Thursday, July 22, 2010

new vases

I made these vases for the Palo Alto Clay and Glass Festival, and I really love them. They are a take off on the "lichen" series, with their thin, uneven edges. I added the veining for some textural interest and to give them an organic edge.

It's weird where ideas come from. These vases started because I was throwing a bottle prototype for a company and the bottle needed to be very tall and skinny. I don't really throw tall and skinny so it was a bit of a challenge. I had to make a go at it three times to figure out how to throw a tall, skinny thing that didn't look all lumpy and crappy. Once I figured it out, I was in love with the process. It requires a bit more patience. I usually throw more open things that take me a few minutes to form, but to get the profile I wanted with these I couldn't push the clay around too much, too fast. It's slower, but you must remain engaged or you lose the straight lines. It's good for my brain to experience what it's like to be patient every once in a while. Such a rarity.

So when I got the perfect bottle I continued on with some vases. They came out to be about 6" for the smallest, and about 15" for the tallest. I sold most of them at Palo Alto but I do have the white one and the green one pictured here. The green one never made it to Palo Alto because I forgot to load it into the kiln, a fact I realized at about 3 AM. It's my "bad boyfriend" glaze, and I must say it's on very bad behavior here. A few bubbles, which I generally just have to accept, and it turned an ugly brown on the inside with a rash of bubbles all over. Oh well, who looks at the inside of a vase anyway? The white one is just lovely, it floats.

I'll put these babies up for sale on Etsy and on my website as soon as I figure out a good name for them. I've been calling them "Asparagus Vases" because of their shape, but that name is not holding. I have a little contest happening on my facebook page right now for naming rights. Put in your ideas and maybe you'll get a free one!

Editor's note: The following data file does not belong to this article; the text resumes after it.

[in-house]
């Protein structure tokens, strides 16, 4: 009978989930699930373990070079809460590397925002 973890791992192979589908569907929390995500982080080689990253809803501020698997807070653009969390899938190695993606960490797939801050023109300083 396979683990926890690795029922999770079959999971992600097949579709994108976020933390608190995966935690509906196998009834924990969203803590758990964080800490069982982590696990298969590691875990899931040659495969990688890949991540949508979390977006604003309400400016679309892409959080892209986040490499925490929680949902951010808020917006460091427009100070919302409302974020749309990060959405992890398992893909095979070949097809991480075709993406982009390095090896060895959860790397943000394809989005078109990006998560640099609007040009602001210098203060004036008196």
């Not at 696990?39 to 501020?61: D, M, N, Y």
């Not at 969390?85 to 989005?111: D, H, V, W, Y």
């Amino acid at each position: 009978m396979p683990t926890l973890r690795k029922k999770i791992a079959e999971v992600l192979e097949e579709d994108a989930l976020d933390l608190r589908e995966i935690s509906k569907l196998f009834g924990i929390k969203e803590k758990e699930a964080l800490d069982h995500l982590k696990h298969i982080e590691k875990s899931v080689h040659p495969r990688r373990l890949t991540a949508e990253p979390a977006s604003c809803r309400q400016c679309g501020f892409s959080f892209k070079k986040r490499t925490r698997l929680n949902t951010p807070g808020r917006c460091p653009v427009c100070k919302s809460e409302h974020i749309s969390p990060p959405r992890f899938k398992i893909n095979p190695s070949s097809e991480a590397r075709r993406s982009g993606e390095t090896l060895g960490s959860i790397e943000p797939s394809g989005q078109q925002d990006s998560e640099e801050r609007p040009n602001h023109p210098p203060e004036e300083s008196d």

7 comments:

  1. I know how hard it is to keep a straight line going that's for sure, my hand built pieces lean ever so slightly, nice new vases.

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  2. Hello Whitney!
    My name is Kat Martin and I just moved to the bay area a year ago to come to school in Berkeley, and I have been reading your blog for a very long time. You've really inspired me to restart my blog and my website to put my work up! I am not a ceramicist but I find your posts about working as a professional artist so helpful so I just wanted to thank you for telling as all that working as an artist is not a cakewalk, but it is possible. I will be graduating in May next year and I really appreciate being able to read insights into what turbulence and excitement are ahead. I live in Oakland, so I may stop by your studio one day!

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  3. P.S. -
    Those new vases are really beautiful.
    -Kat M.

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  4. Hey Kat, thanks for the comment. It makes me happy top know my blog encourages people. Stop on by some time!

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  5. You could call them ghost vases, thats what I think of when I look at the white one anyway. Beautiful!

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  6. Hi Whitney! It was great meeting you on Saturday at the Renegade Craft Festival, and I absolutely love my little white cake stand. Your recent post about the cost of art and the appreciation the public has for it is intriguing, and I hope for you and other artists that the next generation revolts against mass produced design and realizes that handcrafted work is the most valuable. Especially when you have the opportunity to meet the artist or artisan in person!!!

    Again, it was great meeting you, and I look forward to seeing more of your work!

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